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Picture the scene, it is 11/11/11 — a singular date in history. It’s about 11 p.m. and Yours Truly has been charged with taking a memorable photo at 11:11 p.m. to capture the historical moment. But before we get to said photo op, let’s set the stage for the evening’s earlier celebratory festivities.

Knowing 11/11/11 only rolls around once a century, Yours Truly was adamant such an occasion required a once-in-a-lifetime dining experience. Thanks to the culinary masters of Restaurant Guy Savoy, and a recently unveiled White Truffle menu for fall, the task was easily accomplished.

Our culinary fete of the century began with an Amuse Bouche selection that offered a breakfast quality: Foie Gras smeared on toast and served on a stick; an itty-bitty Parmesan Waffle; and a Petite French Burger the size of a silver dollar with horseradish and catsup sauce. A delightful way to begin the feast.

From there, the truffle fest commenced with the first course: Scallop Carpaccio, Cauliflower Puree and Shavings of White Truffles. The scallop tartar was served chilled and made a nice juxtaposition to the warm carpaccio — but it was the dish’s presentation amidst rising geysers of vapor wafting up with an oceanic aroma that really elicited a volley of oohs and aahs.

Next was Sage and Tarragon Encrusted John Dory topped with Creamy Corn Polenta Puree and a side of Snow Peas. The sweetness of the polenta played well off the fish’s distinct spices.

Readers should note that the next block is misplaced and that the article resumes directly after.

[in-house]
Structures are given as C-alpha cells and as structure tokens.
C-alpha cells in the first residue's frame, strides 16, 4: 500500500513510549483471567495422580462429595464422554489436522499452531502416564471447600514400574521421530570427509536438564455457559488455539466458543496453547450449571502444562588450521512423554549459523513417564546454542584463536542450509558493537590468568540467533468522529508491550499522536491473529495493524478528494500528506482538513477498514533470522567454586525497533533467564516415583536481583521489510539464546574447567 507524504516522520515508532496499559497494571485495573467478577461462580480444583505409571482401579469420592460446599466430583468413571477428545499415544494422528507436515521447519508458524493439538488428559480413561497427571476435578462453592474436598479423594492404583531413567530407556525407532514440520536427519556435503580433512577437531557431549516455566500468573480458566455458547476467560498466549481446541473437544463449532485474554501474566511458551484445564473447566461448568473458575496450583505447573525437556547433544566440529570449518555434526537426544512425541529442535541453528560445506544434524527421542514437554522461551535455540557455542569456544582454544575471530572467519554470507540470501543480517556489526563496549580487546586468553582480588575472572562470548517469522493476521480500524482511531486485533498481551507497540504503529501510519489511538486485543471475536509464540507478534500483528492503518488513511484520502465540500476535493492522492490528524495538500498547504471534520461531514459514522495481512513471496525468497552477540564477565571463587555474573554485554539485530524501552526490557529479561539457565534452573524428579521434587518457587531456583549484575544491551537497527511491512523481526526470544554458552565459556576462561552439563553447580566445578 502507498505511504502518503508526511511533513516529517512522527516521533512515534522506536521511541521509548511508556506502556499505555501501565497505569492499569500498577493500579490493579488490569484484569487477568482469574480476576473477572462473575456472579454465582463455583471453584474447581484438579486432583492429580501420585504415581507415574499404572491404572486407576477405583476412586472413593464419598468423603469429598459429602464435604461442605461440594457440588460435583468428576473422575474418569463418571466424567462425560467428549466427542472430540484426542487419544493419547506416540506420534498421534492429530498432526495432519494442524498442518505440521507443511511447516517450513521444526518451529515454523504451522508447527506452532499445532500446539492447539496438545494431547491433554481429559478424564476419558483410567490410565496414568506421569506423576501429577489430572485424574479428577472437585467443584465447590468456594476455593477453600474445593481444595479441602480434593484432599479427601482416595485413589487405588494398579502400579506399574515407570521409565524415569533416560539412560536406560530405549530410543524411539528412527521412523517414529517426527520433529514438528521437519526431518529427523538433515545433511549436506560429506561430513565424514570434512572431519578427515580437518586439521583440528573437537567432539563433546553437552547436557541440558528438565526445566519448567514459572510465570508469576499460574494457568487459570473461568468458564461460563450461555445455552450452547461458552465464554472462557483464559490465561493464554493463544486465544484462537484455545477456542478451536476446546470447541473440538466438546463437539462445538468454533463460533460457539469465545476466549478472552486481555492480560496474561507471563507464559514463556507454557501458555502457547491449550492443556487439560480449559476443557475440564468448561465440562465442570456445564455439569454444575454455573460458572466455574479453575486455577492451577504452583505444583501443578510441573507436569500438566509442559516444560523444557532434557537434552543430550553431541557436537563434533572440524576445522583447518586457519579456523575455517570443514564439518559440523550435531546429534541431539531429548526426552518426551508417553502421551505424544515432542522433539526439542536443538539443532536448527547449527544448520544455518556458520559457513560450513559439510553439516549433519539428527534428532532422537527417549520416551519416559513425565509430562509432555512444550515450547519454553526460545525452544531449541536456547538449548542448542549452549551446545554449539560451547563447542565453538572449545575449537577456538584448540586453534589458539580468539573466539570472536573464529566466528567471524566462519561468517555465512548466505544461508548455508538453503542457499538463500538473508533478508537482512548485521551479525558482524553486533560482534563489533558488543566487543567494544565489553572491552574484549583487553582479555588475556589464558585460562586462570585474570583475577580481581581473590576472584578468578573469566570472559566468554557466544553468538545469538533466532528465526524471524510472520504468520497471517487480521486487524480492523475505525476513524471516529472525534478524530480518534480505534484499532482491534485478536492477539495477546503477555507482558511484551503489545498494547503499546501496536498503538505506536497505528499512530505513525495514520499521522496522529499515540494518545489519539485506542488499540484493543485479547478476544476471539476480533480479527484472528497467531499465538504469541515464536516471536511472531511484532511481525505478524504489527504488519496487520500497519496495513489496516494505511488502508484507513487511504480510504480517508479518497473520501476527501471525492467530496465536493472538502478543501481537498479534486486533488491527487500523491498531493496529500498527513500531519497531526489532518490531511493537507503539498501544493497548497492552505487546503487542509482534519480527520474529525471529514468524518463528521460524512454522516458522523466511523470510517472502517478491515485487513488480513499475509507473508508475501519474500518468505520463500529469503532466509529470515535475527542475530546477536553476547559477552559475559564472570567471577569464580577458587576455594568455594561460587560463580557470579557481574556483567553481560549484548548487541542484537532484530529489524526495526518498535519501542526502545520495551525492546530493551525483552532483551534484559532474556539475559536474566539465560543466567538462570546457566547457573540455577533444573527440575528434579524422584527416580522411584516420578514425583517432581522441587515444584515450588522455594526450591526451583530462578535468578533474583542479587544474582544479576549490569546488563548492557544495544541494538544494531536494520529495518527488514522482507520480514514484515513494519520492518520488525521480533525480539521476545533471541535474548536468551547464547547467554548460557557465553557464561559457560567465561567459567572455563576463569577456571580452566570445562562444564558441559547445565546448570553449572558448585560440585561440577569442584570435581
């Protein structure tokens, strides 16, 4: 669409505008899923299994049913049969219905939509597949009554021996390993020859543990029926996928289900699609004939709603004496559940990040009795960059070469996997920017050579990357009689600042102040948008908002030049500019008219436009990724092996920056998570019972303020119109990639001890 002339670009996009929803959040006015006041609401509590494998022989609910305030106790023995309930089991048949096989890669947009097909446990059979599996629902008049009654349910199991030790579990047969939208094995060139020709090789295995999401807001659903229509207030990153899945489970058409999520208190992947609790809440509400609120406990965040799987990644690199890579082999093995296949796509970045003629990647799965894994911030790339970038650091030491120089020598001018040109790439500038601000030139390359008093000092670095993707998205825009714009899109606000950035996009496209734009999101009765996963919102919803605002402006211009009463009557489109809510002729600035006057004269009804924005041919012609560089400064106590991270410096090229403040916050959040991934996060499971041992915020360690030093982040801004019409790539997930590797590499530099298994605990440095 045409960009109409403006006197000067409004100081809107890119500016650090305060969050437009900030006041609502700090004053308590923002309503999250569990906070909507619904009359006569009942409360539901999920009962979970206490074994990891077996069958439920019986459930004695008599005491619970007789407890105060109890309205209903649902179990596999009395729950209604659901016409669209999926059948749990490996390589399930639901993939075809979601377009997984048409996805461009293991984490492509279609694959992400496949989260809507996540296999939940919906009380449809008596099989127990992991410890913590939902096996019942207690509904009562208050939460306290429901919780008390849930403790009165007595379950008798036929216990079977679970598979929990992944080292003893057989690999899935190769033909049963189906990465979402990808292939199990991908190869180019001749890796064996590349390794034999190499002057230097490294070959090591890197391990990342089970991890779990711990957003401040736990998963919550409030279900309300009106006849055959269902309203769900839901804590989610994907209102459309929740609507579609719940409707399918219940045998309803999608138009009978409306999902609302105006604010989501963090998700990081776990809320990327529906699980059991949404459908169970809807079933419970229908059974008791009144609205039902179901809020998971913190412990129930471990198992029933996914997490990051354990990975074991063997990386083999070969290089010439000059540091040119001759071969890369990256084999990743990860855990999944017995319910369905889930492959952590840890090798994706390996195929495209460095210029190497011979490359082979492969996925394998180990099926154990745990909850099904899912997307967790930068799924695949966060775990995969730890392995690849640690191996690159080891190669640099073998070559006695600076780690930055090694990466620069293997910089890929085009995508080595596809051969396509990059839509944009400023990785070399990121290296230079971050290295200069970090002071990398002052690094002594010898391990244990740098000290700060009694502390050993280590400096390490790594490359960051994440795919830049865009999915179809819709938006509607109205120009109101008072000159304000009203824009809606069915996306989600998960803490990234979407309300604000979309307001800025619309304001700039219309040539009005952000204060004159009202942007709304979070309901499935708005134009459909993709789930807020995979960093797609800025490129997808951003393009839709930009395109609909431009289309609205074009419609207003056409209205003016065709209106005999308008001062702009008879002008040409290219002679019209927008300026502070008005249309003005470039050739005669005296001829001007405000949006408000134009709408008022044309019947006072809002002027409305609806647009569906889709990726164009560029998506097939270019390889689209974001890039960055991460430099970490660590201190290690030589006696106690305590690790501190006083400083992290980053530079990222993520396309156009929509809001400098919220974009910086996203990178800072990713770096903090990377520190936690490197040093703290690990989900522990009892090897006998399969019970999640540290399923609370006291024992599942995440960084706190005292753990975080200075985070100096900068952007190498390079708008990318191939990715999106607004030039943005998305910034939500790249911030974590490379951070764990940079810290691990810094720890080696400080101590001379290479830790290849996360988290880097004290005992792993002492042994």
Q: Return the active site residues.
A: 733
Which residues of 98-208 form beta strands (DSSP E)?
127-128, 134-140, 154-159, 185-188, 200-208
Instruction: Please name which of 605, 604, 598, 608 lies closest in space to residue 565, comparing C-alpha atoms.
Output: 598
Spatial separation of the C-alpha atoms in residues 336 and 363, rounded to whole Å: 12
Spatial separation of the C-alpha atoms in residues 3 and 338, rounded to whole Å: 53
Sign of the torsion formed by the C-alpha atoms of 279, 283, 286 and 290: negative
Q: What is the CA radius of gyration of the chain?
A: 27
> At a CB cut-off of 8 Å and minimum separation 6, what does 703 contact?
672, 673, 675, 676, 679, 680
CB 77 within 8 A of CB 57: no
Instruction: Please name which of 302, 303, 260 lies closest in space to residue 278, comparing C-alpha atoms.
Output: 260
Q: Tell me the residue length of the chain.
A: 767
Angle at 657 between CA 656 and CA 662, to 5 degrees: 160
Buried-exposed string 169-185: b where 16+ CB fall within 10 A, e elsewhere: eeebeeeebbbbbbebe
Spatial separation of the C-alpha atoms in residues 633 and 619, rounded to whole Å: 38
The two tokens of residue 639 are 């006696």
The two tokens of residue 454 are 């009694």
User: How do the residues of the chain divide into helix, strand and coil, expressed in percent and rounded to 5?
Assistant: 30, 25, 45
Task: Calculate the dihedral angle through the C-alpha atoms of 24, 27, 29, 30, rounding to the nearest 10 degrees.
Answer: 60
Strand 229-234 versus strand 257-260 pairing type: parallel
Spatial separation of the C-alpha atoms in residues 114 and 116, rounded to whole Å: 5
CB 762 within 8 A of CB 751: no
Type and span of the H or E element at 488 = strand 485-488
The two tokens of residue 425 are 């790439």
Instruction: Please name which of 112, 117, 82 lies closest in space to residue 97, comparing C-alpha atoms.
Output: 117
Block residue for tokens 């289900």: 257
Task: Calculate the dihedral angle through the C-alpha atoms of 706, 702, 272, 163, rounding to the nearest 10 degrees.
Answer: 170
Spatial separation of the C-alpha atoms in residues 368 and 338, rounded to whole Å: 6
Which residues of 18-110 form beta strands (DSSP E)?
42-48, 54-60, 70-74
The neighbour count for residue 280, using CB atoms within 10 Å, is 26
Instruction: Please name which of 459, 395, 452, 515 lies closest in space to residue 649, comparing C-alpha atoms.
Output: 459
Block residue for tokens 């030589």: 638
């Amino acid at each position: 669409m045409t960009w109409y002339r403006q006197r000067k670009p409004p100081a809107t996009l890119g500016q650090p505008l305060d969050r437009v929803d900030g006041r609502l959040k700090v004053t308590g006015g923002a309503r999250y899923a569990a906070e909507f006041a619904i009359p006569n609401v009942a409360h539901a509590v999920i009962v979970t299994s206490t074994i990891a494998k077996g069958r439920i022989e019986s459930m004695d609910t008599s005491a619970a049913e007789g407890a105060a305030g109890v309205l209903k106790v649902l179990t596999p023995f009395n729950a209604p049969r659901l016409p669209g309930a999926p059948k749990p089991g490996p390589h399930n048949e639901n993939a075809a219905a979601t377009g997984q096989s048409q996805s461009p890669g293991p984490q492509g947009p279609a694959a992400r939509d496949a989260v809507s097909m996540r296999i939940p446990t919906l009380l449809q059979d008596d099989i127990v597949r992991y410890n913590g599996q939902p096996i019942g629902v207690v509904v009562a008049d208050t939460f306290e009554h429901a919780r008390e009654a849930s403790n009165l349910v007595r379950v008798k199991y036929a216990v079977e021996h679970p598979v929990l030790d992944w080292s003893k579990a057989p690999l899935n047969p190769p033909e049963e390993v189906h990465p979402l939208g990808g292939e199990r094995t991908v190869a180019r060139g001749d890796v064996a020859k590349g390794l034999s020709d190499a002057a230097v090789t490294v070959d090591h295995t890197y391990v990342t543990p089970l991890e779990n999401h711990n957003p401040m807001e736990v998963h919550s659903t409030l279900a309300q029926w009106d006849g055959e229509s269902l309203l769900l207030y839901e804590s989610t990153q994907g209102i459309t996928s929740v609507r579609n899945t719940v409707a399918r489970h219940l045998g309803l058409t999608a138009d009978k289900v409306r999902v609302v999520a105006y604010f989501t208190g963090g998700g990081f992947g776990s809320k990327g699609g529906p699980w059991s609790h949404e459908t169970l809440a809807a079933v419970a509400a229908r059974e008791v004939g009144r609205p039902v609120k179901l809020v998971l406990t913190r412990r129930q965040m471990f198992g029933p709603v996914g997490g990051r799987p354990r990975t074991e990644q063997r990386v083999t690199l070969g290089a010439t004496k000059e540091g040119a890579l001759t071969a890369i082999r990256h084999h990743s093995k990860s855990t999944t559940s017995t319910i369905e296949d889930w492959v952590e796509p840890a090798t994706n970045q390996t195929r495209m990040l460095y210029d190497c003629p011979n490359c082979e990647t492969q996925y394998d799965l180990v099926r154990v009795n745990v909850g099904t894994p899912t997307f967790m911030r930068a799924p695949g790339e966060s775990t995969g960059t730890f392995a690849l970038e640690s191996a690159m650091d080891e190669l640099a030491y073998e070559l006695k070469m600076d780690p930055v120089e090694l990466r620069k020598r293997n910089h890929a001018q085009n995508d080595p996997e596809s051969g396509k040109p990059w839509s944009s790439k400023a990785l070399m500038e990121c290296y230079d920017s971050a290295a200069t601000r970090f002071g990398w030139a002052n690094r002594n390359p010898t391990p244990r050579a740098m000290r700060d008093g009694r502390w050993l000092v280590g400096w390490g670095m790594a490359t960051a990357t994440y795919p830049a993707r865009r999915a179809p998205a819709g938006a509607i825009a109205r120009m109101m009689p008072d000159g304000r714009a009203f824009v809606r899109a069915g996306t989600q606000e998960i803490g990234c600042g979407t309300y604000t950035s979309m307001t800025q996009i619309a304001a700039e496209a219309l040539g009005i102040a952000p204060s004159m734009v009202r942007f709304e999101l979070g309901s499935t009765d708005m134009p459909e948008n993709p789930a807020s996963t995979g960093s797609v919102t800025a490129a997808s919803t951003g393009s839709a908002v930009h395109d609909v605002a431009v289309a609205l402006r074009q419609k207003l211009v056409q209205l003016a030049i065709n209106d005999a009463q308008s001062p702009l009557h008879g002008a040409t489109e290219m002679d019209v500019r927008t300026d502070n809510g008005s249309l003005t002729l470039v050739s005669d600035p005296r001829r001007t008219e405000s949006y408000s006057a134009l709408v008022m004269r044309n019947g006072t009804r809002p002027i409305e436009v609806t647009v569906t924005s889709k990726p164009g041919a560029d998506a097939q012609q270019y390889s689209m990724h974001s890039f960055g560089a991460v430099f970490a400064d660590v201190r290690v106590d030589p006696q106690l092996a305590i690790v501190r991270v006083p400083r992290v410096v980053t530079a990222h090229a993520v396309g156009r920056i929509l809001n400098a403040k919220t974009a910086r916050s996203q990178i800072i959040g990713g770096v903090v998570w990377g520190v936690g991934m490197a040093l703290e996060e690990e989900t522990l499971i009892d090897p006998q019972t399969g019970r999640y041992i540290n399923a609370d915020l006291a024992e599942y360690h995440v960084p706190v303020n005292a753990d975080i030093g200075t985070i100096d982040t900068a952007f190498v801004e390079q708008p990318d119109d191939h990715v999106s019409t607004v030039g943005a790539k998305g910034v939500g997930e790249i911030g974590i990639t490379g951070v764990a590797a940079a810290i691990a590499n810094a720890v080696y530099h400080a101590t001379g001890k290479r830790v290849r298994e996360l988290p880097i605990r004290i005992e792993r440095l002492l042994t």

For our third course it was back to the truffles with the chef’s signature Pumpkin Soup, Poached Egg and Alba White Truffles from the restaurant’s La Truffle Blanche D’Alba menu. Dramatically ladled out of a 20-lb. ceramic pumpkin, known as the Cinderella Pumpkin, the soup’s pumpkin flavor was subtle and was well complemented by the umami of the truffle.

Chef Guy Savoy himself arrived — suited up in white gloves — to shave truffle over our soup. Ever a charmer, he offered to do it one of two ways: Italian or French style. French style is off to the side while Italian style involves him encircling you with both his arms and shaving the truffle. Ooh-La-La!

From the La Chasse menu, our fourth course was Foie Gras, Wild Squab, Pheasant, Mallard Duck and Cabbage “en Marmite.” Presented in a cast iron pot with dough sealing the lid to keep the flavors from escaping, Scottish game birds are cooked together with braised cabbage. Thinly sliced and accompanied by sautéed wild mushrooms and a light jus made from the roasted bones of the game birds, the earthiness of the poultry was brought out by the rich decadence of the Foie Gras.

Our dessert courses included Exotic Flower of kiwi, papaya crowned with a red sugar sculpture and accompanied by a scoop of gelato followed by Jasmine and Chocolate, a chocolate ganache mousse spritzed with jasmine tea, also from the La Truffle Blanche D’Alba menu.

With the meal of a lifetime concluded it was nearly 11 p.m. and we were on to our mission of capturing photographic evidence of a significant 11/11/11 memory. We headed downstairs to the tables at Caesars Palace in search of a seat at a roulette table. We found a table with a $20 minimum, handed over our money, and waited for the clock to tick down to the bewitching hour. At 11:10 p.m., we laid down our $5 chips on what else but number eleven. The wheel was spun, we held our breaths, watched the clock flip to 11:11 p.m. and waited for our luck to strike. And, oh scrumptious ones, indeed it did.

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